In his seven previous meetings with North Carolina since Roy Williams took over as head coach of the Tar Heels, Tom Izzo had not won a single time.
Only once in those seven games did Michigan State even manage to lose by fewer than 10 points.
Izzo finally secured a small measure of revenge against Williams on Sunday night thanks to Michigan State’s finest defensive performance of the season so far. Fourth-ranked Michigan State held ninth-ranked North Carolina to its lowest shooting percentage in program history and cruised to a 63-45 victory in the title game of the PK80 Invitational’s Victory Bracket.
A Tar Heels team that entered play averaging 92.8 points per game scored less than half that because it could scarcely generate a clean look at the basket. Michigan State thwarted North Carolina’s vaunted transition attack by sprinting back on defense and took the Tar Heels out of their rhythm in their half-court attack by defending aggressively without fouling on the perimeter and contesting everything around the rim.
Preseason All-American Joel Berry scored a season-low seven points because he could not get a jump shot to fall, nor could he make a layup through the thicket of long-armed Spartans defenders. Top big man Luke Maye also struggled, overwhelmed by the superior length and athleticism of Michigan State’s interior defense.
North Carolina shot 24.6 percent from the field and 1-for-18 from 3-point range. So spooked were the Tar Heels by Michigan State’s defense that Kenny Williams at one point rushed a wide-open transition layup and botched it as a result.
Sunday’s resounding victory solidified Michigan State as one of the nation’s elite teams despite a disappointing loss to Duke 12 days ago. The top-ranked Blue Devils lost stud freshman Marvin Bagley to an eye injury 10 minutes into the game, yet still managed to overtake the Spartans behind a career game from Grayson Allen.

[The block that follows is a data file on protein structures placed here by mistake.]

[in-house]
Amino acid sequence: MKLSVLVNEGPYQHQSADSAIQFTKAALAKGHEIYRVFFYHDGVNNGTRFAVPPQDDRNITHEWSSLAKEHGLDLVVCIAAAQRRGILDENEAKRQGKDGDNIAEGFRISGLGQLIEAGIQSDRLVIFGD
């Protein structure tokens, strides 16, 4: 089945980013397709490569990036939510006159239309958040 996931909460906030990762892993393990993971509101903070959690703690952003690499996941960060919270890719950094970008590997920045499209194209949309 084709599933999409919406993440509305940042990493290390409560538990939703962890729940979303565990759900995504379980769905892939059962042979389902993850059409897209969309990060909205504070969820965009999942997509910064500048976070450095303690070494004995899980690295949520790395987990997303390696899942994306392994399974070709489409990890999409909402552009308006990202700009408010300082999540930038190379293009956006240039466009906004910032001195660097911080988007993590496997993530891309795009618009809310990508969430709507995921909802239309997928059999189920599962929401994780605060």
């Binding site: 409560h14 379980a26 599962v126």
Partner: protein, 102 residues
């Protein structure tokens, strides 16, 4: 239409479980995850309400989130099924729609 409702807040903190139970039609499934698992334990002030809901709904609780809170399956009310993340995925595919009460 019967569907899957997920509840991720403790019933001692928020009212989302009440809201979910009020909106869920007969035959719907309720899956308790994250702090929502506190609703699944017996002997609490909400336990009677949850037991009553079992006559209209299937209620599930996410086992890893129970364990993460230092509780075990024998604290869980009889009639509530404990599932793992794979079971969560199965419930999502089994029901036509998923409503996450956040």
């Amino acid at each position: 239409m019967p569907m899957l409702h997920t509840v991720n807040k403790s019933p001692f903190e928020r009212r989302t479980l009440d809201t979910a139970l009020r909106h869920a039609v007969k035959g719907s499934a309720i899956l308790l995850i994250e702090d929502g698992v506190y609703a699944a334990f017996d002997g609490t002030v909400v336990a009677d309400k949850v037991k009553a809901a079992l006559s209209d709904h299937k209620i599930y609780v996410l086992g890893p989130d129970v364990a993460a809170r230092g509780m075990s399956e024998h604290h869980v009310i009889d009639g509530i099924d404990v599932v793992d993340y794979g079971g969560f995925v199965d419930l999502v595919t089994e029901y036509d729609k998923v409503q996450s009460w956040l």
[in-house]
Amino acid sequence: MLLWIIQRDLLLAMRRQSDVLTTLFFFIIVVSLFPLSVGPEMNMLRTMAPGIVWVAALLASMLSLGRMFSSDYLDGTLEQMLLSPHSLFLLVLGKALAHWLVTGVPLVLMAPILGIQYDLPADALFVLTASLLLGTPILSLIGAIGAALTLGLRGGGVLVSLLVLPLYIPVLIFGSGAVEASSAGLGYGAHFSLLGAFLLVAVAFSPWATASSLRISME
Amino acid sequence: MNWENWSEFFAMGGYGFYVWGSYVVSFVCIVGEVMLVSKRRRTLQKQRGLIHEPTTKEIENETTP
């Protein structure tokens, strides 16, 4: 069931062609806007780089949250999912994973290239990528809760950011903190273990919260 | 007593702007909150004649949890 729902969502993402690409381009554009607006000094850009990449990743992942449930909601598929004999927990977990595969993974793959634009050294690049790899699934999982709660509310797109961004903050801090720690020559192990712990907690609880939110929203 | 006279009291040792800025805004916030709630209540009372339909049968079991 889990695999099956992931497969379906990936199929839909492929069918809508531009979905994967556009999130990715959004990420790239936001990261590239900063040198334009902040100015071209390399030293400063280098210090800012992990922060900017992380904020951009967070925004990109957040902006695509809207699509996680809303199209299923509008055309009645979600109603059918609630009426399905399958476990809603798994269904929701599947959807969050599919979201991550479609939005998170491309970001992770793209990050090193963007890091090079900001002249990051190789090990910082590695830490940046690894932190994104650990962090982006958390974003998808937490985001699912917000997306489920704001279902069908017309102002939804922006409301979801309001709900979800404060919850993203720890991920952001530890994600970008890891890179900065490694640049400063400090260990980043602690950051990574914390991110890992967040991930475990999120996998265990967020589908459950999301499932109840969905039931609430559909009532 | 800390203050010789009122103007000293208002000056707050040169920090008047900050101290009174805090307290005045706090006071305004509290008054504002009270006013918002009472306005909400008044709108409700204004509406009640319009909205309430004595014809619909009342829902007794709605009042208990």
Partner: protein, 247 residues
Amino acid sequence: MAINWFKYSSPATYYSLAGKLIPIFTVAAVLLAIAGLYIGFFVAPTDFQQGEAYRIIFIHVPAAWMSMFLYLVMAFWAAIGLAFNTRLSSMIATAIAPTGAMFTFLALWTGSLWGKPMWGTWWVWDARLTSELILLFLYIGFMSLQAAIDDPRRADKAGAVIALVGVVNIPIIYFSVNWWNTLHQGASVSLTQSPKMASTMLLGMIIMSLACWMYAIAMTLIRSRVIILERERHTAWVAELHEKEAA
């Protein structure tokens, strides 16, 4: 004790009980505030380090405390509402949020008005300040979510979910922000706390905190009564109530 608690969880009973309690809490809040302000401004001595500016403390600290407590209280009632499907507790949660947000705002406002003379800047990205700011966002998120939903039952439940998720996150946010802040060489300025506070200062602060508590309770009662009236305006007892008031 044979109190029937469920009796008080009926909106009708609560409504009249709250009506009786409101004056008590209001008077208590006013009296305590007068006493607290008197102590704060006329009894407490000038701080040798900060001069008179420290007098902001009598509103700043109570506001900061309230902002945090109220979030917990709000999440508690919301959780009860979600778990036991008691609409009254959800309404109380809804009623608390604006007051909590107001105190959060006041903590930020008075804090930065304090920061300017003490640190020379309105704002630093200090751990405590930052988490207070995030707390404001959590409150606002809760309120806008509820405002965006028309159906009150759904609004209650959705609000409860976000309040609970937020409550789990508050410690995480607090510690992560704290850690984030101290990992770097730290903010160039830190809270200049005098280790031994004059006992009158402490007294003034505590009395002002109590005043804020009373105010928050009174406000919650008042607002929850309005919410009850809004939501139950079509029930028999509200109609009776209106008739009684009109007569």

That loss highlighted Izzo’s struggles against Tobacco Road’s blue bloods. He fell to a combined 1-18 against Krzyzewski and Williams at Duke and North Carolina.
The history against Williams was especially bleak. Izzo had lost on land and on sea, in November and in March, while ranked No. 1 and while facing No. 1. The seven previous losses had come by an average of 16.4 points per game.
While it was Michigan State’s defense deserves most of the credit for ending that streak, Izzo also benefited from a timely breakout performance from shooting guard Josh Langford. On a night when national player of the year candidate Miles Bridges and potential lottery pick Jaren Jackson both got into early foul trouble and never found a rhythm, Langford erupted for 23 points including five threes.
Michigan State opened a 17-point lead late in the first half and expanded it to as many as 21. The Spartans were never seriously challenged despite committing 23 turnovers, including four apiece from Cassius Winston and Nick Ward.
Even though North Carolina lost its top three frontcourt players from last year’s national title team and had Cameron Johnson go down with an injury, the Tar Heels had been awfully impressive in rolling up a 5-0 record entering play Sunday night.
Credit Michigan State for making North Carolina look ordinary, for capturing one of the strongest early-season tournaments and for helping its coach finally achieve something he had never done before.
– – – – – – –